WASHINGTON - On September 13, 2010, the National Archives Building
in Washington, DC will unveil a new exhibition: “The Charters of
Freedom: Our Nation’s Founding Documents.” This exhibit takes a
fresh look at the Declaration of Independence, the Constitution, and the
Bill of Rights and uses facsimiles of historical documents from the
holdings of the National Archives to answer two key questions about each
Charter -- “How did it happen?” and “Why is it important?” The
new exhibit is an attempt to answer questions visitors often ask when
see the Charters.
Surrounding the Rotunda for the Charters of Freedom’s centerpiece
cases holding the Declaration of Independence, Constitution, and Bill of
Rights, highlights of the new exhibition include “Secrets of the
Documents” and special quotes from the Founding Fathers, as well as
â Elizabeth Burgin’s remarkable story— told through original
letters -- of her escape from New York in a whaleboat -- and of her
heroic role in a successful plot to free solders from British prison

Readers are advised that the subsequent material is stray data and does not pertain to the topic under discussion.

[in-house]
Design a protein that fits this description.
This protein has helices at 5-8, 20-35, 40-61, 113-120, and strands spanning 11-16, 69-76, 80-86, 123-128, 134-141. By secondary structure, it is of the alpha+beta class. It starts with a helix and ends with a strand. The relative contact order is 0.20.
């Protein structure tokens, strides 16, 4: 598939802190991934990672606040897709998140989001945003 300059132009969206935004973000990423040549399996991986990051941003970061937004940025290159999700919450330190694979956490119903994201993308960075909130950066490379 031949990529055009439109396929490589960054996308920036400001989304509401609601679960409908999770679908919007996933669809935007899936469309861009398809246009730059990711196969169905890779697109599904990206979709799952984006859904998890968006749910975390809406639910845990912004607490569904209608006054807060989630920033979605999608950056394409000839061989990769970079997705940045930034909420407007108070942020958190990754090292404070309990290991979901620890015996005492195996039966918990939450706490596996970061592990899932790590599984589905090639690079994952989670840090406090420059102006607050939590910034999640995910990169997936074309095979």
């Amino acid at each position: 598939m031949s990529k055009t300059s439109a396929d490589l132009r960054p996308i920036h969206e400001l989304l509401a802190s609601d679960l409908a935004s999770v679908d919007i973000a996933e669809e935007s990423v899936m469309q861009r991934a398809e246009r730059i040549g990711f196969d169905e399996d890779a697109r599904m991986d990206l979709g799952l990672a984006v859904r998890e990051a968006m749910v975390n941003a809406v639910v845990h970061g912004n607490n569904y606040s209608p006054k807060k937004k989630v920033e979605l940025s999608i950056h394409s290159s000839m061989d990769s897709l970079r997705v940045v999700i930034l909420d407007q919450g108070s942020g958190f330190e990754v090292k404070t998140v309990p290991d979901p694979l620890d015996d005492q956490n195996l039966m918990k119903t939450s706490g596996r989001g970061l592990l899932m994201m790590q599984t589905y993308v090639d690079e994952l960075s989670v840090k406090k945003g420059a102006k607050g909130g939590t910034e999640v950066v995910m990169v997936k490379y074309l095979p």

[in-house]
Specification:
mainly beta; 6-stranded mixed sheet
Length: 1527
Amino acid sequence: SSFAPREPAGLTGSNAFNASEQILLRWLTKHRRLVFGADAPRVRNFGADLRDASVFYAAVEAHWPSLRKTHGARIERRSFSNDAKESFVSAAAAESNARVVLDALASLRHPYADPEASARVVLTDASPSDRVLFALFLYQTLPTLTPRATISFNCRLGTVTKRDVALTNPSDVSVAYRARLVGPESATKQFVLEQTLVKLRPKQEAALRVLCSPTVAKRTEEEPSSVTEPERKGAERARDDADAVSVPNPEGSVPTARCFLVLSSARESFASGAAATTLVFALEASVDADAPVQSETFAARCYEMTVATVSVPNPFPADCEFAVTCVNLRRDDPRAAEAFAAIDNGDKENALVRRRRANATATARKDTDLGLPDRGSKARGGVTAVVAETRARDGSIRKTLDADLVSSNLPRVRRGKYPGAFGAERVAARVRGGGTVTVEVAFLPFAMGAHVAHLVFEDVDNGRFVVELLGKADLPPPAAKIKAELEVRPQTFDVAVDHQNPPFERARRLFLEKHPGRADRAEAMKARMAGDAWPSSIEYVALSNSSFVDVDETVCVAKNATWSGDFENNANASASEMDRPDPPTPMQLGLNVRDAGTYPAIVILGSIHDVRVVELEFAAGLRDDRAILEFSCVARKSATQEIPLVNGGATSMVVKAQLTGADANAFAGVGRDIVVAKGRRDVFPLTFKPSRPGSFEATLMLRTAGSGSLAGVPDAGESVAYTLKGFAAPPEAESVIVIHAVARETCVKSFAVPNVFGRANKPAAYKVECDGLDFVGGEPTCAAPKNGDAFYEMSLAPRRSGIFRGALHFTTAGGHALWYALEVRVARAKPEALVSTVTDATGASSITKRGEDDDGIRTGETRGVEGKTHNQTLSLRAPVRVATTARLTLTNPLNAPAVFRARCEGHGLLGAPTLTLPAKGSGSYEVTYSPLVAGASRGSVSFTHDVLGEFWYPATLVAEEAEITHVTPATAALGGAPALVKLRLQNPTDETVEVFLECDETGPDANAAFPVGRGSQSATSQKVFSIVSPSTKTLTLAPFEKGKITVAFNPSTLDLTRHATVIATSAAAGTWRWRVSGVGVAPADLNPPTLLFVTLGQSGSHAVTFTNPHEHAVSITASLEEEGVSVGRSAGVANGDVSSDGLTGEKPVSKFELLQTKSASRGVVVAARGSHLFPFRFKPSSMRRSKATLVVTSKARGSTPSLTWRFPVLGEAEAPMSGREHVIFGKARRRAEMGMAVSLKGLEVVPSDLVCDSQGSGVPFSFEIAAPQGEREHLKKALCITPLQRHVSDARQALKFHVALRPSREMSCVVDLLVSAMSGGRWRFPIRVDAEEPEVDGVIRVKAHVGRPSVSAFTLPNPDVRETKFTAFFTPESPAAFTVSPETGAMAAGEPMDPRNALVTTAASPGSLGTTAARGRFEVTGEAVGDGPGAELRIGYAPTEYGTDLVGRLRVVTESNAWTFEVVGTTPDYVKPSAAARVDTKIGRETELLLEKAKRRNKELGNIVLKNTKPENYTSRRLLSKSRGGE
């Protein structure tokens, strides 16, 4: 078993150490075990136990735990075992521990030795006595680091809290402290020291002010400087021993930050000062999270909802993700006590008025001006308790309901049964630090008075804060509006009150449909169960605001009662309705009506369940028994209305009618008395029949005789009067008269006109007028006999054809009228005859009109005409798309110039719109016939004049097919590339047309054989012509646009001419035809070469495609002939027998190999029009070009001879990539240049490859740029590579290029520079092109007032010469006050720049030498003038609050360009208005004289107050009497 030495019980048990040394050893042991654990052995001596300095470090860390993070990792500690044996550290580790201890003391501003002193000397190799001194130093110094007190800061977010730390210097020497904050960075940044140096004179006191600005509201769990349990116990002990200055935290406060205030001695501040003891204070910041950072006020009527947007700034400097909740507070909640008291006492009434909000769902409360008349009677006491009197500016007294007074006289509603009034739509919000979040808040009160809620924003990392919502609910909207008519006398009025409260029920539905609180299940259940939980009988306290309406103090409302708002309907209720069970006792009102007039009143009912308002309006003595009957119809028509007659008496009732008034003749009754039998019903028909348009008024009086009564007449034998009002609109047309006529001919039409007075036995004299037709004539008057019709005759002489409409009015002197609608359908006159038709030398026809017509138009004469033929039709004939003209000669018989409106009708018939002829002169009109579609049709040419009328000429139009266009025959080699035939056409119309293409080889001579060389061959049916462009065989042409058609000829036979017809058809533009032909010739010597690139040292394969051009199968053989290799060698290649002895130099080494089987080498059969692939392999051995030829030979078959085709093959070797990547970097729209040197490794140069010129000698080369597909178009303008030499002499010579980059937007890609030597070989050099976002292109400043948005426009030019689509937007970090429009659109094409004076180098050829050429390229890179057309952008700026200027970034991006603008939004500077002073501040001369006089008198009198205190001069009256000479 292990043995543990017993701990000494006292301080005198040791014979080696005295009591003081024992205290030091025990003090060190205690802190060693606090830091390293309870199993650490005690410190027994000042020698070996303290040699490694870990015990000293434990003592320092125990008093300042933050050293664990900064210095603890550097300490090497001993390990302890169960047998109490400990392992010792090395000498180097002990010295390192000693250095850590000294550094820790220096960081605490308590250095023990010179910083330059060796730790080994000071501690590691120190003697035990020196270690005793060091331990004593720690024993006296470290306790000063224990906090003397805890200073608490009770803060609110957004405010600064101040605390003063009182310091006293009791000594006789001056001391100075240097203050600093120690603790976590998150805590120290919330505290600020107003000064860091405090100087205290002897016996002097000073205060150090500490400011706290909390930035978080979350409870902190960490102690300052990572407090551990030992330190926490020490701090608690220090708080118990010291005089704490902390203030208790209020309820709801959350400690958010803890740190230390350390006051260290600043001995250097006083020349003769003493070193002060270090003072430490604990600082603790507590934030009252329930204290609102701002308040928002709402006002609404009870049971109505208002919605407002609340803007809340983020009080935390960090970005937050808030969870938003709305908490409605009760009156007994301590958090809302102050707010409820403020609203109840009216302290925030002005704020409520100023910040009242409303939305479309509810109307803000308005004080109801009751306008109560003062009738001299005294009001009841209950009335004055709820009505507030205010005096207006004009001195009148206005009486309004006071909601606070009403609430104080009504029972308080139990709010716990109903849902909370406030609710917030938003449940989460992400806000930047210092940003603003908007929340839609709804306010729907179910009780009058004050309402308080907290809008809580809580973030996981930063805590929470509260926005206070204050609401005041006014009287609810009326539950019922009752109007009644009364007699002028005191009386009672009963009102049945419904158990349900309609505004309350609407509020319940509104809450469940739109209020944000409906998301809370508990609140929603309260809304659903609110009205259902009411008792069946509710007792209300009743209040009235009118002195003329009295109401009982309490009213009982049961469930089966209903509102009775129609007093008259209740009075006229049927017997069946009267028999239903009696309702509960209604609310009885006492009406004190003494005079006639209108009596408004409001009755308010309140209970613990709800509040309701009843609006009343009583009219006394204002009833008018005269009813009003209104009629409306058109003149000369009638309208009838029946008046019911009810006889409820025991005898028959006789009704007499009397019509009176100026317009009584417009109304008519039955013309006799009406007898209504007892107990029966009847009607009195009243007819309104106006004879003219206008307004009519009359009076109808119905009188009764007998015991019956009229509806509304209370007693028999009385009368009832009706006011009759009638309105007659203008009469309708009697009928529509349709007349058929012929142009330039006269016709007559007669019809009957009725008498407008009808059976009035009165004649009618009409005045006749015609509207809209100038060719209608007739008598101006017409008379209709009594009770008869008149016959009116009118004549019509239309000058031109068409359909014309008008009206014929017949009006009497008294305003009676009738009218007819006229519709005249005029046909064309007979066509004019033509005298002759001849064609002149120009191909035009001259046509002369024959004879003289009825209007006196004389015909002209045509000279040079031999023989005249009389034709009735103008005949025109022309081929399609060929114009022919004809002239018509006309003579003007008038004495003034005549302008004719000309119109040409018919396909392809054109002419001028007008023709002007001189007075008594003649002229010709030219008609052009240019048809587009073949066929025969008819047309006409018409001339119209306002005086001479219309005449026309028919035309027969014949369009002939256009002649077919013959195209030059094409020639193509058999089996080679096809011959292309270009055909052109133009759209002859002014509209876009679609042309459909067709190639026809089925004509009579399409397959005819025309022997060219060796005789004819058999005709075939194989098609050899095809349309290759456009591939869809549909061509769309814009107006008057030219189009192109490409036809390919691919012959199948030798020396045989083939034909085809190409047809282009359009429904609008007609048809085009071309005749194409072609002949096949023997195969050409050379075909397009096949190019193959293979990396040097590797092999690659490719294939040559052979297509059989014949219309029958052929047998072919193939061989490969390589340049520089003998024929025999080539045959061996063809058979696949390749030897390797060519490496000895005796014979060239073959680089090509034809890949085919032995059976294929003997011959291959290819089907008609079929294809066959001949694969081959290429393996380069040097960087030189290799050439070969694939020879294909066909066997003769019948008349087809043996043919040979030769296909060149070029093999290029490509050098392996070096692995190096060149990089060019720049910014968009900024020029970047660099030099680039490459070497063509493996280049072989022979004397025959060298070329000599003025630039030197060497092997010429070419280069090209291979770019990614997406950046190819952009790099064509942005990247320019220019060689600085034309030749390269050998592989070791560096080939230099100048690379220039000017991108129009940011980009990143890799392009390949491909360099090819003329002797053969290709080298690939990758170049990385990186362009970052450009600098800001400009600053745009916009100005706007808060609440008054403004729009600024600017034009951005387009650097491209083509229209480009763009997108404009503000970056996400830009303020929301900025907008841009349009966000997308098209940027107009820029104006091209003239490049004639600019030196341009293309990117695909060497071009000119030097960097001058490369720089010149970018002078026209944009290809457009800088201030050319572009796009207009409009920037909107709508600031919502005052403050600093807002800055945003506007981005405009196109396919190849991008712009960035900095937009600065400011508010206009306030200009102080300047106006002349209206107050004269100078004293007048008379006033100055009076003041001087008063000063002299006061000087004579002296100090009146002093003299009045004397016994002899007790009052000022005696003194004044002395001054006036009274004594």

â The fascinating travels of the Declaration of Independence
before it was displayed safely at the National Archives: it has had
many homes, including government offices, the interiors of safes and
other public displays. Wagons, ships, a Pullman sleeper, and an armored
vehicle have transported this priceless document; and
â Information about how the National Archives preserves these
This exhibition also provides answers to the following questions:
â Why is it so dark and cold in the Rotunda?
â What is parchment, and why were the Charters written on it and
â Did slaves really fight on both sides in the Revolutionary War?
â Which of the original colonies did not sign the Constitution or
even send delegates to the Constitutional Convention?
â Are there really “typos” in the Constitution?
â Which of the articles proposed in the original Bill of Rights
was not ratified until 1992?
â How were the murals created?